LANGER, Shirley




Author Tags: Literary Landmarks

LITERARY LOCATION: Cuba Libro (bookstore), Calle 24, Esquina 19, Vedado, Havana.

Having lived and worked in Cuba for five years in the mid-1960s, Shirley Langer has a deep and abiding knowledge of Cuba that resulted in a young adult novel, Anita’s Revolution (Shirleez Books 2012), recalling Castro’s literacy campaign of the early 1960s when school children were sent into the countryside to teach one million illiterate Cubans how to read and write. Some were killed by counter-revolutionaries. Cuba’s literacy rate later rose to almost 100%. In 2014, Anita's Revolution was translated into Spanish. That translation led to a book launch in January of 2015 at Cuba Libro.

As Langer describes: "Cuba Libro, the English-language bookstore in Havana, sent out 200 email invitations to attend the presentation of my book, Anita’s Revolution. Fifty people squeezed into a space appropriate for forty. Some of those attending were those young volunteer teachers called “brigadistas“. They’re in their 60s now, but remember well that exciting time in 1961 when as teenagers they were part of the thousands who volunteered for the literacy campaign that taught almost a million illiterate Cubans to read and write in less than a year.

"In the audience was a journalist from Montana, an historian, several Canadian tourists, some Cuban teachers of English and some book people. I had just begun my talk when proceedings were interrupted by the arrival of around 22 visiting Art and Architecture students from an American univesity and their prof. My presentation was well-received, and the Q&A period after was lively. The audience was very moved by vivid descriptions by the people who were “brigadistas” in 1961 telling of their experiences as young people teaching adults, the primitive conditions some people lived in then, the varied challenges, and the dangers some experienced from enemies of Cuba’s Revolution."

Set in Cuba in 1961, Anita's Revolution is a work of historical fiction, primarily, but not exclusively, for young adults. The protagonist Anita, a 14-year-old girl, is one of the more than 100,000 young people who volunteer to assist with the national literacy initiative. Many, including Anita, endure primitive conditions, great challenges, and even dangers while on their assignments.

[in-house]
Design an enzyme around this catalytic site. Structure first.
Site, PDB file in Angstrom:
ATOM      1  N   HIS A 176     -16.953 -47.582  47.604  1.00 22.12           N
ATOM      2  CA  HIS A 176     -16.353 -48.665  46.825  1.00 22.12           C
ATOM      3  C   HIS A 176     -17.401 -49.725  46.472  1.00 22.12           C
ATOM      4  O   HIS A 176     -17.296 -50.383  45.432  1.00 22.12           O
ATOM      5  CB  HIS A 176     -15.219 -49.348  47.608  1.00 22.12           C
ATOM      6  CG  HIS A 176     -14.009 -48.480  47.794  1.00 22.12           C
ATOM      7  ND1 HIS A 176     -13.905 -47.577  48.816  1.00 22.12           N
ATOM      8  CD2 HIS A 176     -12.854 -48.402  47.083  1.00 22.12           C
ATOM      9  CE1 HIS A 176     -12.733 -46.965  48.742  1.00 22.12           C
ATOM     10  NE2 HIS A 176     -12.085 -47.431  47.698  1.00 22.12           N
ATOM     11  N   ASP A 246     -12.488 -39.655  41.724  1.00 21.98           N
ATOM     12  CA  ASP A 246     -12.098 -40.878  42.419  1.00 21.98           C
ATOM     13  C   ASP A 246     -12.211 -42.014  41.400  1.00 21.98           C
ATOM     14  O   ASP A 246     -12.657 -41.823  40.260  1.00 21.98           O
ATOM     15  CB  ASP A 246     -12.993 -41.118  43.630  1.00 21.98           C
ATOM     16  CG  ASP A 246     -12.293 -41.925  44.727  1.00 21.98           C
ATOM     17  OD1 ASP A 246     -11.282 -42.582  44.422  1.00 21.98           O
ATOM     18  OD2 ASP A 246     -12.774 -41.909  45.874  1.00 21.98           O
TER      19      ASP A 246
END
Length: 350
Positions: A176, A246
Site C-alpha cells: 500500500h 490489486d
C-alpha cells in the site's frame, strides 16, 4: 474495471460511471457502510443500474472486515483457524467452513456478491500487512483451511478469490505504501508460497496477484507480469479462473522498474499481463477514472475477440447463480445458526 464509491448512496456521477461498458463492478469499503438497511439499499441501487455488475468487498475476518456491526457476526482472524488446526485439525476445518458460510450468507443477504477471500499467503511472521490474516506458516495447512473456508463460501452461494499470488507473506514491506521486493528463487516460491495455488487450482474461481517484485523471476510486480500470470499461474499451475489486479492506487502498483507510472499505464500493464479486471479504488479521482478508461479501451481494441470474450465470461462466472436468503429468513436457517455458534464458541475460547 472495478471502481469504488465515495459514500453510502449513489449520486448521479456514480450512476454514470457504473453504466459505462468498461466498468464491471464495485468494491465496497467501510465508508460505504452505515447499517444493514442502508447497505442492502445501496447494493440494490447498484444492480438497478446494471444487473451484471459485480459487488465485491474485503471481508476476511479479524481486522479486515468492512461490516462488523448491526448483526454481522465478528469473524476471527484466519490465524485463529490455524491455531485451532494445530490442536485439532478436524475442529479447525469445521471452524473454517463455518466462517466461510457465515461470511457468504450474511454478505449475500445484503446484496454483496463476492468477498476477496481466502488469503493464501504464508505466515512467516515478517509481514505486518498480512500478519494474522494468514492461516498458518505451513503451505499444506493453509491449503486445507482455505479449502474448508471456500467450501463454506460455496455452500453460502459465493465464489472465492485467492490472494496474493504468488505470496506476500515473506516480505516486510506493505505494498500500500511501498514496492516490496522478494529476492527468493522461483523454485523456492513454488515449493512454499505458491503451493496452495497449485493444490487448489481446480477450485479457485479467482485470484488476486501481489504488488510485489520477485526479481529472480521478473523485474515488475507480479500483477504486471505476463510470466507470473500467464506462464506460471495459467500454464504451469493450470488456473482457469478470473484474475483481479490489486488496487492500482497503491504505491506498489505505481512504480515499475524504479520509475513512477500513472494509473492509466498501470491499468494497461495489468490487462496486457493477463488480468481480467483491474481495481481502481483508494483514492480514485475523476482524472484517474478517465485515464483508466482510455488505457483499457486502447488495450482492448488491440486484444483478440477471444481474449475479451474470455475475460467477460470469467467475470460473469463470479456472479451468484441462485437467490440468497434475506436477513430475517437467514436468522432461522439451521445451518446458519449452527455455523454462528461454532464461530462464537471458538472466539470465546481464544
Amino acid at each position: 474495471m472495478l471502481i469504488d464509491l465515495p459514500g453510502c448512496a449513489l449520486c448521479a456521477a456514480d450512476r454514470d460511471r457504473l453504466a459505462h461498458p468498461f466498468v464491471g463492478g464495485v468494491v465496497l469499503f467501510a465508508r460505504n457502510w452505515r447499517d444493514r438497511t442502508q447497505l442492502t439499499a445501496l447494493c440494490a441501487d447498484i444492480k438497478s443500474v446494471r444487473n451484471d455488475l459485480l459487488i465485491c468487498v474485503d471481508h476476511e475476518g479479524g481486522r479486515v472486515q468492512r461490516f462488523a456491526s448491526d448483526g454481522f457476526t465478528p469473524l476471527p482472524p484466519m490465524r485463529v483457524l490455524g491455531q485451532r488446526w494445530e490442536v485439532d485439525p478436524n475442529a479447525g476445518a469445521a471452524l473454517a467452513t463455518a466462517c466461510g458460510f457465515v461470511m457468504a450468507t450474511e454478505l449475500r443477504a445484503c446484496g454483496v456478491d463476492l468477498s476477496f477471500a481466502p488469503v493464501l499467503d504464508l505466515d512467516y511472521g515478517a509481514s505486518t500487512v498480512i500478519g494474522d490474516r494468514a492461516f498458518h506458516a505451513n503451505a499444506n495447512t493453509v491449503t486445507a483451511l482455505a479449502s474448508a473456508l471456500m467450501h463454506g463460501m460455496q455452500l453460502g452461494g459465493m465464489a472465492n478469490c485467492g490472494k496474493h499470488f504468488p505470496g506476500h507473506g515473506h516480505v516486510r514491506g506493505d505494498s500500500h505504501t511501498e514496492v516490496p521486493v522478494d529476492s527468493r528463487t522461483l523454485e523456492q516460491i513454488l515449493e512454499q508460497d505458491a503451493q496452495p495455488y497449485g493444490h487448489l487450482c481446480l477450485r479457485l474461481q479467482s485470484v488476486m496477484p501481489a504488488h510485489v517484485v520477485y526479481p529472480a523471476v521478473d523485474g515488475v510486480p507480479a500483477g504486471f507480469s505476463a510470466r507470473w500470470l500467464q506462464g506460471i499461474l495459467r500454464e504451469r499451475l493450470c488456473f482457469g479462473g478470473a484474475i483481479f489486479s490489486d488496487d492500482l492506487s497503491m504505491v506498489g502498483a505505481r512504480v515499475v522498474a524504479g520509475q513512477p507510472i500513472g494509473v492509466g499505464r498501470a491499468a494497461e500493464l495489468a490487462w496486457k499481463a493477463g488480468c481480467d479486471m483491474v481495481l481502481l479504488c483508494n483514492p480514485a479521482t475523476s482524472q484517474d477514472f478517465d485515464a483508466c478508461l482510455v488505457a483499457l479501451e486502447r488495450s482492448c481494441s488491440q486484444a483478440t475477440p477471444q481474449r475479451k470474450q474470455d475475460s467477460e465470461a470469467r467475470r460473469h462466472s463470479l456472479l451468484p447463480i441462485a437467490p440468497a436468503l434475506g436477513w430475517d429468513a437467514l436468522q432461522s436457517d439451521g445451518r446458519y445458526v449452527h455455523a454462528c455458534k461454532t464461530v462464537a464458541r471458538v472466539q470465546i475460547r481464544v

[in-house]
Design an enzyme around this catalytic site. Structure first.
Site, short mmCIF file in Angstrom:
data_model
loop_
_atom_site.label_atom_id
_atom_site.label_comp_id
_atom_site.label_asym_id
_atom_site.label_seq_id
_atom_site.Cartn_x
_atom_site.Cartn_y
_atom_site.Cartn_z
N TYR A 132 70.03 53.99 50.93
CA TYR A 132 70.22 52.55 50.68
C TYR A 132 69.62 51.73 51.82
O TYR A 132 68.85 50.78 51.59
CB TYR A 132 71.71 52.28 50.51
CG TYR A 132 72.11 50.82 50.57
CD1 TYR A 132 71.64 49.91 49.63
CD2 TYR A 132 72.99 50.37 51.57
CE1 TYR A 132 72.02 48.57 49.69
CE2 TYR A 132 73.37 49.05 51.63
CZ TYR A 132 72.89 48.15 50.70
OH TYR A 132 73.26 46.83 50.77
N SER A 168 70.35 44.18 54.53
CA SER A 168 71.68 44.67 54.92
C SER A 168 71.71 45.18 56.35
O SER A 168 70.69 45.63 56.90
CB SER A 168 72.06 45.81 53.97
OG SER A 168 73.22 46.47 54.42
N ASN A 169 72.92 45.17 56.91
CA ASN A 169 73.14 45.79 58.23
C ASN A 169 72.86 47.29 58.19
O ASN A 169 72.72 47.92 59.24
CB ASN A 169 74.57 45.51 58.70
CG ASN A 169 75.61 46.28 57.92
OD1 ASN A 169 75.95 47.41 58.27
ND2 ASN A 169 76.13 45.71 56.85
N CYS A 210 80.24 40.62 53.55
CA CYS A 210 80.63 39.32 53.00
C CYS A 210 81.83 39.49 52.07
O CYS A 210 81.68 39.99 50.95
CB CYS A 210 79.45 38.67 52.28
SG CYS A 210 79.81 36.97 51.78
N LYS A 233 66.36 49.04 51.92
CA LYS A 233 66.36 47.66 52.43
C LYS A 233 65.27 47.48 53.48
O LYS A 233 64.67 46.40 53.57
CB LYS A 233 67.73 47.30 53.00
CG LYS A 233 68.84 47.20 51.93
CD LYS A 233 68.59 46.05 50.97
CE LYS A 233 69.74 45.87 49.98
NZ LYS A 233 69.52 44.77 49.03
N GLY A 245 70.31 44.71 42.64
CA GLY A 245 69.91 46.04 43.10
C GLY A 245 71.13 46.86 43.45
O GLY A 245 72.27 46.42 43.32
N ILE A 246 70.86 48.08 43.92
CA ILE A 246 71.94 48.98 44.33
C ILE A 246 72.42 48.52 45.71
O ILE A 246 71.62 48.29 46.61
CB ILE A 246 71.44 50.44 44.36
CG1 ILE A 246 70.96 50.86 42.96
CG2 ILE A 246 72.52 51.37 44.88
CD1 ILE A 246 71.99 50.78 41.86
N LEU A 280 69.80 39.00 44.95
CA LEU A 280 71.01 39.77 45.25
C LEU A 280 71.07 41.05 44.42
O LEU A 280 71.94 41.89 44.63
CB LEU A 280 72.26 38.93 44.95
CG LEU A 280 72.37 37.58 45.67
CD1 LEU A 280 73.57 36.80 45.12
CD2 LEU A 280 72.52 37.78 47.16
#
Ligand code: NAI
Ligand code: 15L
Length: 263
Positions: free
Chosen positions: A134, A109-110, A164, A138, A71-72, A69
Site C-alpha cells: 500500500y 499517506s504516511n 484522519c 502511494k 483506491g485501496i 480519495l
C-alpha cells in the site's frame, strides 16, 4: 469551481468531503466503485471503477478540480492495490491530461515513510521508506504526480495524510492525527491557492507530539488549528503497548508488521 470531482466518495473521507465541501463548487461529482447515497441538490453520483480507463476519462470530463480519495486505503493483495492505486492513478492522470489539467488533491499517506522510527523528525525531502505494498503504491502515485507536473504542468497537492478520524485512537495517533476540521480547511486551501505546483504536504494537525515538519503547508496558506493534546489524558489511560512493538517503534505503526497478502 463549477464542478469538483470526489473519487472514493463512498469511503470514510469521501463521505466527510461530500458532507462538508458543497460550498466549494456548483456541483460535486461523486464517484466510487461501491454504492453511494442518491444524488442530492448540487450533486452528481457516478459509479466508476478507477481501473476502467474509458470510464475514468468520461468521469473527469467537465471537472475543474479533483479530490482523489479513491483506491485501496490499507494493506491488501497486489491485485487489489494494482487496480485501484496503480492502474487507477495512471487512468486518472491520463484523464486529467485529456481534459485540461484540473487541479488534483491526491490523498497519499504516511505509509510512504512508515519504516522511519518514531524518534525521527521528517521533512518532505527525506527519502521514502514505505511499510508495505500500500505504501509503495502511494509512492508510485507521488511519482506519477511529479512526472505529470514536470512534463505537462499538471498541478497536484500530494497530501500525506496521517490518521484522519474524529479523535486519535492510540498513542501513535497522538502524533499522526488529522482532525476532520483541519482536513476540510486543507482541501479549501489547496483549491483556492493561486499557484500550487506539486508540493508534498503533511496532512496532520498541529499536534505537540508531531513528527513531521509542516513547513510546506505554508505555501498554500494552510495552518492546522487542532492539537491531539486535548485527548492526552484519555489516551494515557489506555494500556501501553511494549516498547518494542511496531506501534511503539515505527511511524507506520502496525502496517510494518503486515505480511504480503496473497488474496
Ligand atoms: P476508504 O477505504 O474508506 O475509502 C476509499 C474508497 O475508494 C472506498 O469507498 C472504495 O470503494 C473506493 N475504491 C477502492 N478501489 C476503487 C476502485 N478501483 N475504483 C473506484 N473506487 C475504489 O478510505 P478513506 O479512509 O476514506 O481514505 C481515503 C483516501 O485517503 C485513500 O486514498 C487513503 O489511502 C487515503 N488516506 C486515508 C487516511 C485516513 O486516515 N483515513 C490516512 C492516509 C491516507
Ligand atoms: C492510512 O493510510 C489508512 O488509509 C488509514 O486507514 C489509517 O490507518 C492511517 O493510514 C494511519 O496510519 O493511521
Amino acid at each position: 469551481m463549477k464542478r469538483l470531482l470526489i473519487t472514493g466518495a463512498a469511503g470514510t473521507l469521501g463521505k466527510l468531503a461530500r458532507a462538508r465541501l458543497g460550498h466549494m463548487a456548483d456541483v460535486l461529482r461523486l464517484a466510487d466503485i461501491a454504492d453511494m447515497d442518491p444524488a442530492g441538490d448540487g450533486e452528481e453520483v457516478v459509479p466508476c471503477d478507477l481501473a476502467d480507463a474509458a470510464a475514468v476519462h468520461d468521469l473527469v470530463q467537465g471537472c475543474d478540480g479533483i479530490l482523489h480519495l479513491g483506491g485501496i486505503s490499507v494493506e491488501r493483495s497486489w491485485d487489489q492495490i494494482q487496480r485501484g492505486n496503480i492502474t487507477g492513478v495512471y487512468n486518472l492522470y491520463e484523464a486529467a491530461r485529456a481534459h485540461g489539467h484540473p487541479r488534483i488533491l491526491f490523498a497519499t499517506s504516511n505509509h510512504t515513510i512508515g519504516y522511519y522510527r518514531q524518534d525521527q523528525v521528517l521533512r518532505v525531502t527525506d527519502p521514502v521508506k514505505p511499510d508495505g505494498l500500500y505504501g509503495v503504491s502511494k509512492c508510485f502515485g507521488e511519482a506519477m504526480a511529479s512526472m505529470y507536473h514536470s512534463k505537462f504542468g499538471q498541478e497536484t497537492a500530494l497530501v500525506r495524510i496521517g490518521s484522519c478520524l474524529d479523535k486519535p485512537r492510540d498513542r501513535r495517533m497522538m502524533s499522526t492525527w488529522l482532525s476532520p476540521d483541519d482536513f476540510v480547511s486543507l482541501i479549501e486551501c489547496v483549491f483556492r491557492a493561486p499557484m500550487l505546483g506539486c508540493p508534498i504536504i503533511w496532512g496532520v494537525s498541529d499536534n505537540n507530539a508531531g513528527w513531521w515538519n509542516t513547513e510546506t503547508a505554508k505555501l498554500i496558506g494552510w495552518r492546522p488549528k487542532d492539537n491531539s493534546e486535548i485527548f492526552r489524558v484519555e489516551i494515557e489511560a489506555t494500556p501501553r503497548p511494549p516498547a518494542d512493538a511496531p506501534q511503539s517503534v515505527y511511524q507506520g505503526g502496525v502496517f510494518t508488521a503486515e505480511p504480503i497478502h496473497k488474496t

A second book launch arose in February, 2016 at Cuba's 25th annual Internacional Feria del Libro, the International Book Fair. Langer attended Cuba's Book Fair from February 11-21.

The principal venue in Havana is the grounds and buildings of the historic Fortification of San Carlos, declared a World Heritage Site by UNESCO in 1982. In addition to the hundreds of publishers and book exhibits, there are book and author related presentations as well as artistic events. One of those presentations in 2016 honoured the 130th anniversary of the abolition of slavery in Cuba.

The 2014 fair saw over 2000 titles on sale with around 260 writers and intellectuals, 140 editors, 80 Cuban, 60 international, from 41 countries actively involved. Considered one of the foremost cultural events in Cuba, the fair attracted 387,000 in Havana in 2014.

In 2013, Shirley Langer sent a copy of her book to Fidel Castro and included a copy of BC BookWorld, "so Fidel could read the feature article about Celia Sanchez, a Cuban heroine. His office acknowledged receipt of the package, signed by Fidel himself. I am thrilled to say that the Cuban Book Institute has notified me of their interest in translating Anita's Revolution into Spanish and publishing it in Cuba. I have also been invited and am going to Cuba's International Book Fair which takes place in Havana and throughout the island in February."

FROM HER WEBSITE:

My husband Dr. Joseph Langer, myself, Shirley Langer, and our four children spent almost five years in Cuba in the mid-sixties. Dr. Langer, an orthopaedic surgeon, set up an intern and residency training program in orthopaedic surgery, while I worked as a translator and ESL teacher. This was only a few years after the country-wide literacy campaign which UNESCO declared to be the single most successful literacy program to date. I learned that in 1960, 25% of Cuba’s six million people were totally illiterate: one million adults and half a million school age children. In the short space of seven months in 1961, the national campaign reduced illiteracy from 25% to 3.9%. Over 700,000 adults learned to read and write ending nearly 500 years of successive generations being Cuba’s forgotten people.

My respect for education, books, and the power of literacy propelled me to find out how such a feat had been accomplished. Clearly, the newly-installed revolutionary government under the leadership of Fidel Castro understood, that regardless of political orientation, education is the single most important tool to effect change. The most remarkable element of the campaign were the volunteer teachers?over 100,000 teenagers?the average age being fifteen? volunteered to go and live with and teach the illiterate families. Called brigadistas (members of a brigade), they were assigned to teach in isolated rural dwellings, towns, tiny villages and remote places in the mountains. Some brigadistas received a week or two of teaching instruction. They went forth with two changes of army-type clothing, a pair of boots, a Che Guevara style beret, a hammock, a wool blanket, some flimsy workbooks, a teachers manual and a Coleman-style kerosene lantern since there was no electricity where many were assigned. What they had a surplus of was youthful health and energy, enthusiasm and the will to overcome all obstacles in order to make their country “a territory free from illiteracy”. Do it they did, and the result of their efforts was to transform a people and their country forever.